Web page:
I think most of us have been there. A new manager, director, CEO, or whatever comes in and seems to feel a need to shake things up. Before you know it a member of the team has been let go or, at least, encouraged to leave. Now the entire team is scared. Who will be next?
This scenario has been played out over and over again in companies all over the country, probably all over the world. No industry is immune to this, even nursing. I have personally seen it in both the hospital and outpatient settings. It almost certainly leads to increased compliance and decreased cost for a period of time, but is it healthy.
Fear has always been a powerful tool to get people to do what you want them to do. This is why we see images of Egyptian slave drivers from thousands of years ago carrying whips and standing menacingly over their slaves. This is a classic theme in gangster movies where local business pay “protection money” to the gang that “owns” that area of the city. The truth is that what the people need protected from the most is the very gang offering to “protect” them.
In this instance fear is used to motivate people to pay what the gang is asking. Fear is used to gain compliance from the business owner.
In just about every industry fear is a great way to increase compliance, but only for a short time. You see, the people who are there now find themselves uncertain about the security of their job. As a result they toe the line for a season. They fear getting the attention of the new “leader” and perhaps risking their job. So, they do what they are told. They try to fly under the radar. But, this only lasts for a short time.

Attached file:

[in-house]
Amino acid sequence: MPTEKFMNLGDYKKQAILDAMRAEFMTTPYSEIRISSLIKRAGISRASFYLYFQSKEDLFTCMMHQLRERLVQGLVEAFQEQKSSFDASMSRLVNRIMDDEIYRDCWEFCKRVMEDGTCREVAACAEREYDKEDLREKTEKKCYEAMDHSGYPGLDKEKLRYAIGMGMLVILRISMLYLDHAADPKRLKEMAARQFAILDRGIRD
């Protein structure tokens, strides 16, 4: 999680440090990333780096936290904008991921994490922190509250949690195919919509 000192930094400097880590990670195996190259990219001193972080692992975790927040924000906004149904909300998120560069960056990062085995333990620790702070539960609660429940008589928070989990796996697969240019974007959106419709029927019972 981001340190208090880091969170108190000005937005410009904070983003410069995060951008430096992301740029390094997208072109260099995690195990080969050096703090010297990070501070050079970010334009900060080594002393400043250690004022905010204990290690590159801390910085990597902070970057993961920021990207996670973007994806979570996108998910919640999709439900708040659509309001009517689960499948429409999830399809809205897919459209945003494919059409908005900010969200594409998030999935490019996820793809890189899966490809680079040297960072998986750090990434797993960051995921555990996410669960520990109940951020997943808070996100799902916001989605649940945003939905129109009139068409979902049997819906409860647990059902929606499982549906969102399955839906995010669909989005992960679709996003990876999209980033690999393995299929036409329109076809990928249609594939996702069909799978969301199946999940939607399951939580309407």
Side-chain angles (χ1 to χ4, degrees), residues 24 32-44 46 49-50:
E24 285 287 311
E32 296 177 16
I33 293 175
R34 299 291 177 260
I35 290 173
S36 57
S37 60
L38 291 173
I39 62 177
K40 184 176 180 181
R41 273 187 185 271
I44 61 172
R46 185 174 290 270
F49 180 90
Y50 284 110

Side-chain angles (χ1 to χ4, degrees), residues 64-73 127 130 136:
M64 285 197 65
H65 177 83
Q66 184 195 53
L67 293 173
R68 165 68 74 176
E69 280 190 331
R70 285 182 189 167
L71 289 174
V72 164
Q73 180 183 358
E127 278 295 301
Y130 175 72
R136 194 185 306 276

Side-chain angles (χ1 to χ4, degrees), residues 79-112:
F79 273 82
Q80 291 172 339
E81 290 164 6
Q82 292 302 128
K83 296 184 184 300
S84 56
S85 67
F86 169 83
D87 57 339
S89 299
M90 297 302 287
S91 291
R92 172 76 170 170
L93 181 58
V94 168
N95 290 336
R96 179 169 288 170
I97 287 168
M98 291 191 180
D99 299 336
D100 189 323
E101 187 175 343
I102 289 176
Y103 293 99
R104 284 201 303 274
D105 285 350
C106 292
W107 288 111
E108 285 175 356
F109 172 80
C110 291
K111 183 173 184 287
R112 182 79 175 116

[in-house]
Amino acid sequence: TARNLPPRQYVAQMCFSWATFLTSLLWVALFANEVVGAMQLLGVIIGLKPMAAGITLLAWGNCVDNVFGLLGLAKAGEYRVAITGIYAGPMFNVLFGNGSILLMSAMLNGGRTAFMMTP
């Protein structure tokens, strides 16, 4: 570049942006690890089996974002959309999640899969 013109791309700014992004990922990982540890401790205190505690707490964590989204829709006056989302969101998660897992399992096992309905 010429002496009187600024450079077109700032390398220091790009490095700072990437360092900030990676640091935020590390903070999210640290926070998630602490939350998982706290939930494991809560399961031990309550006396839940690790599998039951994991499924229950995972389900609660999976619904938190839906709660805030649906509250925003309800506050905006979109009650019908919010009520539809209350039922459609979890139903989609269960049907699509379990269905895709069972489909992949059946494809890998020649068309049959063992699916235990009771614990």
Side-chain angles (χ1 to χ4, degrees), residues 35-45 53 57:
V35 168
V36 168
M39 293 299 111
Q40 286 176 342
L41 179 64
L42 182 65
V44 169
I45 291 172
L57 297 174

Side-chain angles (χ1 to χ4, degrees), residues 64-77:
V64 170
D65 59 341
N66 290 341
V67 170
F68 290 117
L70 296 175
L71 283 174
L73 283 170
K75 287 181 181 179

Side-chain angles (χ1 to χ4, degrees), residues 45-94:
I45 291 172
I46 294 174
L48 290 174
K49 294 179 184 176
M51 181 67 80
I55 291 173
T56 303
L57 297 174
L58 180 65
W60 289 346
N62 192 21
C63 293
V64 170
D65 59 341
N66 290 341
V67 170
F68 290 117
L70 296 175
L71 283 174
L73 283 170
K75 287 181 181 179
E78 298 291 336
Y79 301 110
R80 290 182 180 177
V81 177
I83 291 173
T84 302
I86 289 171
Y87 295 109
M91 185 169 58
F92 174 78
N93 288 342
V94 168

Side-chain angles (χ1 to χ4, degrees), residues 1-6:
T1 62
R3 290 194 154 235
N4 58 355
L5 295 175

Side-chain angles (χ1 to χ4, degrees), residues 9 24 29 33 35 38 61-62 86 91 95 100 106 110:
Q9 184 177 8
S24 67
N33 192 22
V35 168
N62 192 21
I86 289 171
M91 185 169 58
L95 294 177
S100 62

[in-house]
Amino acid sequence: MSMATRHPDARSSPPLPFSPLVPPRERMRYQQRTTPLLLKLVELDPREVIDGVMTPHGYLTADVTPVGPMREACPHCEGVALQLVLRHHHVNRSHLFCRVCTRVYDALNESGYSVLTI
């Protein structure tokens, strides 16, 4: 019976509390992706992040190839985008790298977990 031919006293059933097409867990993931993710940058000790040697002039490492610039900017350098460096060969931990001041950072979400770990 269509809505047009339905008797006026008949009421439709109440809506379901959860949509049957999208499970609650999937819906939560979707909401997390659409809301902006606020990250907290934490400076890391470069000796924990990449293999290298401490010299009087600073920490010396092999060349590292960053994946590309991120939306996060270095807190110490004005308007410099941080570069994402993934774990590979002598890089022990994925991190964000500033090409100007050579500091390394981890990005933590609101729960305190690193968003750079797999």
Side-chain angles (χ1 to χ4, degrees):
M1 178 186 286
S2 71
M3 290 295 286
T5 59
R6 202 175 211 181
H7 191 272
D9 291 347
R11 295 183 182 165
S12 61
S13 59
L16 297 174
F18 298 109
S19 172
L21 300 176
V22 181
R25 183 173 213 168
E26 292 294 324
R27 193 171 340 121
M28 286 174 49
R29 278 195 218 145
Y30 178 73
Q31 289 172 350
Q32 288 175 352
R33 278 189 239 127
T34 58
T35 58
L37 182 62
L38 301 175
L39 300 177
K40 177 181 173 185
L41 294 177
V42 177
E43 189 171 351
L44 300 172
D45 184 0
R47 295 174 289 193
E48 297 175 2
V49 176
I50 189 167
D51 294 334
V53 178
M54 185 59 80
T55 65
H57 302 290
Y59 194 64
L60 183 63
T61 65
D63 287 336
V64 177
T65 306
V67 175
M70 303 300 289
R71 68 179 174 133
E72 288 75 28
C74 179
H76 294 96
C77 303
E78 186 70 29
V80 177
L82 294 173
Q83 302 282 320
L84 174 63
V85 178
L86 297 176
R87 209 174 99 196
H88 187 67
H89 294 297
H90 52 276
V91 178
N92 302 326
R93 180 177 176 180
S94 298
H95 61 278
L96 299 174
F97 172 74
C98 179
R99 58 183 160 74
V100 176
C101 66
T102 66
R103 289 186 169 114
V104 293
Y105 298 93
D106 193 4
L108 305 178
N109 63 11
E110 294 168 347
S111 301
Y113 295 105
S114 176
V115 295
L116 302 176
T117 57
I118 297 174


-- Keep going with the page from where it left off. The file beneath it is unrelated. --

You see, fear is a terrible motivator. Sure it will motivate a person hiking in the woods to run from a bear, but that person can only run for so long. Likewise, an employee that becomes more compliant out of fear is only going to stay that way for a short period of time. At the very least they will eventually drift back into the habits they had before. At this point the only way to get compliance back to where it was would be to turn the fear factor back up.
Inspiration can also increase compliance, and has the potential to be long lasting. Help staff to understand why the rules are there and why they matter. Help them understand that outcomes can be improved by following the rules. If you can inspire a staff member to WANT to comply, then they are much more likely to comply over a longer period of time.
A common way for a new person in a leadership position to show improvement is by decreasing cost. This ALWAYS looks good on paper. When reporting to executive level leaders or to a board of directors, this is the kind of thing that looks good. Sadly, in my experience, these high level leaders seldom ask HOW those savings were accomplished. Similarly, they seldom take time to consider the cost of those savings. They’re just glad to see the company making more money.